Nature conservation

Threatened species

Sparse Heath - profile

Indicative distribution

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The areas shown in pink and/purple are the sub-regions where the species or community is known or predicted to occur. They may not occur thoughout the sub-region but may be restricted to certain areas. ( click here to see geographic restrictions). The information presented in this map is only indicative and may contain errors and omissions.
Scientific name: Epacris sparsa
Conservation status in NSW: Vulnerable
Commonwealth status: Vulnerable
Profile last updated: 26 Jul 2019


A small erect to spreading, well-branched shrub that grows to 90 cm high, but is often much smaller. Older stems are brittle and reddish-brown with persistent leaf scars. Leaves are elliptic to ovate 11 – 17 mm long and up to 4 mm wide with acute tips. Flowers are conspicuous, tubular, cream to greenish-white, and are pendant near the ends of branches. Fruit is a capsule 2.5 – 3.5 mm long.


Restricted to the lower Grose River, within the Hawkesbury and Blue Mountains LGAs.

Habitat and ecology

  • Grows in Riparian Sandstone Scrub, where it is found on the base of cliffs or rock faces, on rock ledges or among rocks in the riparian flood zone.
  • Grows in small pockets of damp clay soil, chiefly on south-west facing slopes.
  • In rocky sites the scrub vegetation is dominated by Tristaniopsis laurina, Leptospermum trinervium, Allocasuarina littoralis, Acacia longifolia, Grevillea sericea and Lomandra fluviatilis.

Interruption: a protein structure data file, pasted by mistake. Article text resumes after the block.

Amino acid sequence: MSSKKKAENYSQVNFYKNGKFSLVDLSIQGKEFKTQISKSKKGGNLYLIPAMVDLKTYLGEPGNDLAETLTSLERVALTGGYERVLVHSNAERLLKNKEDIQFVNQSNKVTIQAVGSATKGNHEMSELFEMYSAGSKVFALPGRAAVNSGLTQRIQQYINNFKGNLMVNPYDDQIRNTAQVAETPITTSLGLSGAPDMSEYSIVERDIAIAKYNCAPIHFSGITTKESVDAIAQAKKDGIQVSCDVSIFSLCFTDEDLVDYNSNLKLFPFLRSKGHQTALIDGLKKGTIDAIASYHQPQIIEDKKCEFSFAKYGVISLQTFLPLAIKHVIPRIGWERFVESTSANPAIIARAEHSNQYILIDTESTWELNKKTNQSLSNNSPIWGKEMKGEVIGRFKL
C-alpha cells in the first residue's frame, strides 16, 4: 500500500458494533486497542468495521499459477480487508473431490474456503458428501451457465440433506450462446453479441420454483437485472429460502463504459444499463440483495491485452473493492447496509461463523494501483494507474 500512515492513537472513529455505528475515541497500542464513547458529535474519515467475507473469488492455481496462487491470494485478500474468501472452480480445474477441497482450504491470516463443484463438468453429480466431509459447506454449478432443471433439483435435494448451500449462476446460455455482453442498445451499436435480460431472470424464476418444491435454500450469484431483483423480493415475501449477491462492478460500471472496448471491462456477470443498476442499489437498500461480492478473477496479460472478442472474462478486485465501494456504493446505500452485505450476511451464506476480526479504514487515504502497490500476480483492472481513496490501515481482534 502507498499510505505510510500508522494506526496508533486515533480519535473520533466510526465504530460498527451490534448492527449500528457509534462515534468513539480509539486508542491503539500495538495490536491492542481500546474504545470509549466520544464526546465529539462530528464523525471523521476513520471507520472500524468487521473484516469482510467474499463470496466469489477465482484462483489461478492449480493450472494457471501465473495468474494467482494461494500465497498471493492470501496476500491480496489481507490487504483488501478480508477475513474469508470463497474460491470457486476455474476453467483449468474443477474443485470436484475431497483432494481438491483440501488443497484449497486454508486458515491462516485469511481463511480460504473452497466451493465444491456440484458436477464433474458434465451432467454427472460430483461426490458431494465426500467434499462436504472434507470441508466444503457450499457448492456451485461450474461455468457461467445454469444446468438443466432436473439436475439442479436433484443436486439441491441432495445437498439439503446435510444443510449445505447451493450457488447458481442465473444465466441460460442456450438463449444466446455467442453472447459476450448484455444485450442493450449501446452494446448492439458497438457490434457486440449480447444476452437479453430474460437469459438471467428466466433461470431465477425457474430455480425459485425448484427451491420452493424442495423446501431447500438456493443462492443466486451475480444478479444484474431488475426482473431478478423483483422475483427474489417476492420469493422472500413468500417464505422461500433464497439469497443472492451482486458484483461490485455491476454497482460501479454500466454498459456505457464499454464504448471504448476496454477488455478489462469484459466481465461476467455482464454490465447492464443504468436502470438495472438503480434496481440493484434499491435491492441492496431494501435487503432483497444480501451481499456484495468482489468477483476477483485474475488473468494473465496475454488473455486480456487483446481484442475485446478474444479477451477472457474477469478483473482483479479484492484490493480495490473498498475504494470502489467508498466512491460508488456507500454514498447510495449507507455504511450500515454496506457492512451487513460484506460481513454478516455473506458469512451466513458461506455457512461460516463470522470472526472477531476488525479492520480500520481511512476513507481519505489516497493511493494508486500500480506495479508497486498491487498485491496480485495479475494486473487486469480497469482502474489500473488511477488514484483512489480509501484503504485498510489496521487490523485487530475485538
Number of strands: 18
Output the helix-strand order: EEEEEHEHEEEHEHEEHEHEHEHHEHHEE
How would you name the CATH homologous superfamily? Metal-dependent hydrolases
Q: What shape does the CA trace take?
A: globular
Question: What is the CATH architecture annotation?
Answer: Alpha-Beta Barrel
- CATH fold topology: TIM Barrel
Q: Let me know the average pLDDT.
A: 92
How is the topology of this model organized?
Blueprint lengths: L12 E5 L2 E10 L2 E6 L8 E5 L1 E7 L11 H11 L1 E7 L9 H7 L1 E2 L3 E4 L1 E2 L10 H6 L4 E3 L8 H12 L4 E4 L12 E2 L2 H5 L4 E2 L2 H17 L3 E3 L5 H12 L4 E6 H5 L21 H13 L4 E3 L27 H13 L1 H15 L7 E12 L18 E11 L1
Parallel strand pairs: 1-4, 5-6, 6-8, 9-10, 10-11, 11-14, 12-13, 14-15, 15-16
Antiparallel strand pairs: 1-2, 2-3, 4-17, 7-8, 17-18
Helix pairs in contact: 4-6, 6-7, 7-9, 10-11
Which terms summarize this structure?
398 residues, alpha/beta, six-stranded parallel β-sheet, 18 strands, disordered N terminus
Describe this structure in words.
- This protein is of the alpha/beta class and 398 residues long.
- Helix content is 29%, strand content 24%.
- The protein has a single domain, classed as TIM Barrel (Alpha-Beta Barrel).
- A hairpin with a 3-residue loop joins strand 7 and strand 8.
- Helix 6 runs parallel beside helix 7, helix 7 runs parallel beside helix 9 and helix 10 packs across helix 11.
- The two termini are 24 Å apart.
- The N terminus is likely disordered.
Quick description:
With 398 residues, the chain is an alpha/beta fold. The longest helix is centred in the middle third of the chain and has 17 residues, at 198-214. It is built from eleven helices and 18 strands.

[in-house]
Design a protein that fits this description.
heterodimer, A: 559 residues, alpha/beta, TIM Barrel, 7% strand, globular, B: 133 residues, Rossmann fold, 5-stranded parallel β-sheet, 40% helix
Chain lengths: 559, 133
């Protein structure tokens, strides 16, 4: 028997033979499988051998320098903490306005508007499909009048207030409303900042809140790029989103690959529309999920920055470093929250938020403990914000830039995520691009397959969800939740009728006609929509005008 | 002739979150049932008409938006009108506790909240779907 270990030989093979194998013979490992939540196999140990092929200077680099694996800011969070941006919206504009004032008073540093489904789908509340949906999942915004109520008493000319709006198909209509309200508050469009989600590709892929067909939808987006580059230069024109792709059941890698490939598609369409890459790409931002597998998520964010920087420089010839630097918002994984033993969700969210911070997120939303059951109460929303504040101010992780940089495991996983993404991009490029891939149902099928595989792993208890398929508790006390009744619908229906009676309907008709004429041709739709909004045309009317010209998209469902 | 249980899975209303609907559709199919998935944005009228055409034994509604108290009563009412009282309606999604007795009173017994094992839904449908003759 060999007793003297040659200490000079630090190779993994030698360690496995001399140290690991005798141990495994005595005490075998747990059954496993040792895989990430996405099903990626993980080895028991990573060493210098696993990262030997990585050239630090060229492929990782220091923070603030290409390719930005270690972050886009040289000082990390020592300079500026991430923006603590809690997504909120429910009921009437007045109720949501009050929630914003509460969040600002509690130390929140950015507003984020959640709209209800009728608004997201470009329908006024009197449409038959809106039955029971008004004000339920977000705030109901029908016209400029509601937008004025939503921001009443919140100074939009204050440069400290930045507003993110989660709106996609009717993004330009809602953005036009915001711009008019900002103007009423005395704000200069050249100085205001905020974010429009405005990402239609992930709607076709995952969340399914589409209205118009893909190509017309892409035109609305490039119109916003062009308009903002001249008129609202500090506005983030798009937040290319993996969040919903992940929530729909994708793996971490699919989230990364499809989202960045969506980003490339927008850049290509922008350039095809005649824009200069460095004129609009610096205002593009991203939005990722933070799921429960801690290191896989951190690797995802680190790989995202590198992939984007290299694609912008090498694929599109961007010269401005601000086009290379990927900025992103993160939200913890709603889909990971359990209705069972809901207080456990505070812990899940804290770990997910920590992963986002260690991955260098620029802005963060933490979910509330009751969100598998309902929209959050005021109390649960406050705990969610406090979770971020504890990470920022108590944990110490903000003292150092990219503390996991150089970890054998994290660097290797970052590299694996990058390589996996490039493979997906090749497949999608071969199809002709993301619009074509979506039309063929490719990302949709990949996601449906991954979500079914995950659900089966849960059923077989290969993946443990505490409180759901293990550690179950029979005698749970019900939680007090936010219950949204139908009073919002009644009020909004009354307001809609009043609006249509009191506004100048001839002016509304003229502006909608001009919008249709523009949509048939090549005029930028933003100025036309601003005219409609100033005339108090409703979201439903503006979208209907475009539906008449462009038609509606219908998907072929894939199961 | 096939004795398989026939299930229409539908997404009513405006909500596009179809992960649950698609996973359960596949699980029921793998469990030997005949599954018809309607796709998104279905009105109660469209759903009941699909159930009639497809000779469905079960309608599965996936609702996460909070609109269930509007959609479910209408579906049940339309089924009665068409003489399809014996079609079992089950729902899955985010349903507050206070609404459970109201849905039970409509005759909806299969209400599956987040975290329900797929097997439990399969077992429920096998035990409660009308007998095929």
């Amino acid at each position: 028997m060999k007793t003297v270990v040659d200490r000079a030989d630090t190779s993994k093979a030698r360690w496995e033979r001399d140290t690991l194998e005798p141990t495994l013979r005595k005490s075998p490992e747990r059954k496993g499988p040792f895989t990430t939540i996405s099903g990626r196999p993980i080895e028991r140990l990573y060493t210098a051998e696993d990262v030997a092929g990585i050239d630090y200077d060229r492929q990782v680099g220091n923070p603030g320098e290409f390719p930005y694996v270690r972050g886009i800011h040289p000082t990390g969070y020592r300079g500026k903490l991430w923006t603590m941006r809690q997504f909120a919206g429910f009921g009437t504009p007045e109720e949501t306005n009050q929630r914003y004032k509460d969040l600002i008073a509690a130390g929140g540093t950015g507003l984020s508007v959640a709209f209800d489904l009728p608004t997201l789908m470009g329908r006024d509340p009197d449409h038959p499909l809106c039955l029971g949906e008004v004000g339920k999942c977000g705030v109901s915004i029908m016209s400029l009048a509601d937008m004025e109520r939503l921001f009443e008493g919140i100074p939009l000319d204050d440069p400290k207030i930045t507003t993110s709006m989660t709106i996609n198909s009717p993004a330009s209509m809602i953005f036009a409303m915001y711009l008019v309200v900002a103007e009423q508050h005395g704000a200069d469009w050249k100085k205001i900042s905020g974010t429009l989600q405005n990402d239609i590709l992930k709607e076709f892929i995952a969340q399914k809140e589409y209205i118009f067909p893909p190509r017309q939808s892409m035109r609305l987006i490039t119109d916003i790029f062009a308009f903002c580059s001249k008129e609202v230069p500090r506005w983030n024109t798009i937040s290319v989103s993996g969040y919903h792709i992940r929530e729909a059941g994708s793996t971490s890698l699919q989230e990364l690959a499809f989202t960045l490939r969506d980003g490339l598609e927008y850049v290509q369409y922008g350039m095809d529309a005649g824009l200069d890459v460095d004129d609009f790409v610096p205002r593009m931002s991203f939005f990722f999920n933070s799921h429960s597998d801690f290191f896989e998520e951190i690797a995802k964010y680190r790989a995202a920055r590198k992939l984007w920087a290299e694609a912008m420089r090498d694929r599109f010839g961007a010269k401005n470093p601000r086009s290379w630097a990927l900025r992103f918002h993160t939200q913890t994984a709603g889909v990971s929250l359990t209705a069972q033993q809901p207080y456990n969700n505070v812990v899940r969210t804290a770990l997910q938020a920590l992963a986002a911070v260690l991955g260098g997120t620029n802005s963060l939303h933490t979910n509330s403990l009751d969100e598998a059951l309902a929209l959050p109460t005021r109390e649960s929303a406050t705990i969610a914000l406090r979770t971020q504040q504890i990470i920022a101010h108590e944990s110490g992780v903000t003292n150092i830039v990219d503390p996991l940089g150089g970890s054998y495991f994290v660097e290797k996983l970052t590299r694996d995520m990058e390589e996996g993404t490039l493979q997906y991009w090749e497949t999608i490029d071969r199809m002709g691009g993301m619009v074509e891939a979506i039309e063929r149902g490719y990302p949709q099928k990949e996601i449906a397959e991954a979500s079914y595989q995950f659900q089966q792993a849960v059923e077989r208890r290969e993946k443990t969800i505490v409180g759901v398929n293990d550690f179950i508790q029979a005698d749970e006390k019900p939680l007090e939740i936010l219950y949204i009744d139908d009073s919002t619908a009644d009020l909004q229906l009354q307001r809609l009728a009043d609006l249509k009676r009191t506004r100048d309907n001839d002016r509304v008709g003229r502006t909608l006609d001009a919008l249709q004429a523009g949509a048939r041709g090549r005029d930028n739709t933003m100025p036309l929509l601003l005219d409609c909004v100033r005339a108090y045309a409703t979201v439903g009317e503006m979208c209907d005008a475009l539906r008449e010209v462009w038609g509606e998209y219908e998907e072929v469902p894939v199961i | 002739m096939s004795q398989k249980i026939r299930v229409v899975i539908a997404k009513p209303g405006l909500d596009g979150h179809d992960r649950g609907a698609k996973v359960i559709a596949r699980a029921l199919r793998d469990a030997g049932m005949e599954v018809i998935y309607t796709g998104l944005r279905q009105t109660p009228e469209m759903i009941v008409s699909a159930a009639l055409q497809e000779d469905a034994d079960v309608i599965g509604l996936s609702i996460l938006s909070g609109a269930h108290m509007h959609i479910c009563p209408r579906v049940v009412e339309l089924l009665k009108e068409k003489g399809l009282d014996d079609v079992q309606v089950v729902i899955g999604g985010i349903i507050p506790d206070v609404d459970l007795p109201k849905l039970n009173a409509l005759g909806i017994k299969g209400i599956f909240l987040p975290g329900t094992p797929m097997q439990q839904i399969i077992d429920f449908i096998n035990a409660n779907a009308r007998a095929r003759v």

• In wetter, more sheltered sites typical species include Callicoma serratifolia, Backhousia myrtifolia, Austromyrtus tenuifolia, Leucopogon lanceolatus, Lomandra montana, Todea barbara, Sticherus flabellatus and Dracophyllum secundum.
  • Flowering occurs from April to June, with pollinators unknown. Young plants start flowering when 20–30cm high. Flowers are often plentiful, with flower tubes dropping readily and exposing the developing fruit.
  • Appears to be killed by fire.
  • There is no evidence of vegetative spread in E. sparsa, however, plants appear to resprout readily from lignotubers at the woody base after disturbance.

Regional distribution and habitat

Click on a region below to view detailed distribution, habitat and vegetation information.


Recovery strategies

Activities to assist this species

Information sources

IBRA Bioregion IBRA Subregion Known or predicted Geographic restrictions region
Sydney BasinWollemi Known None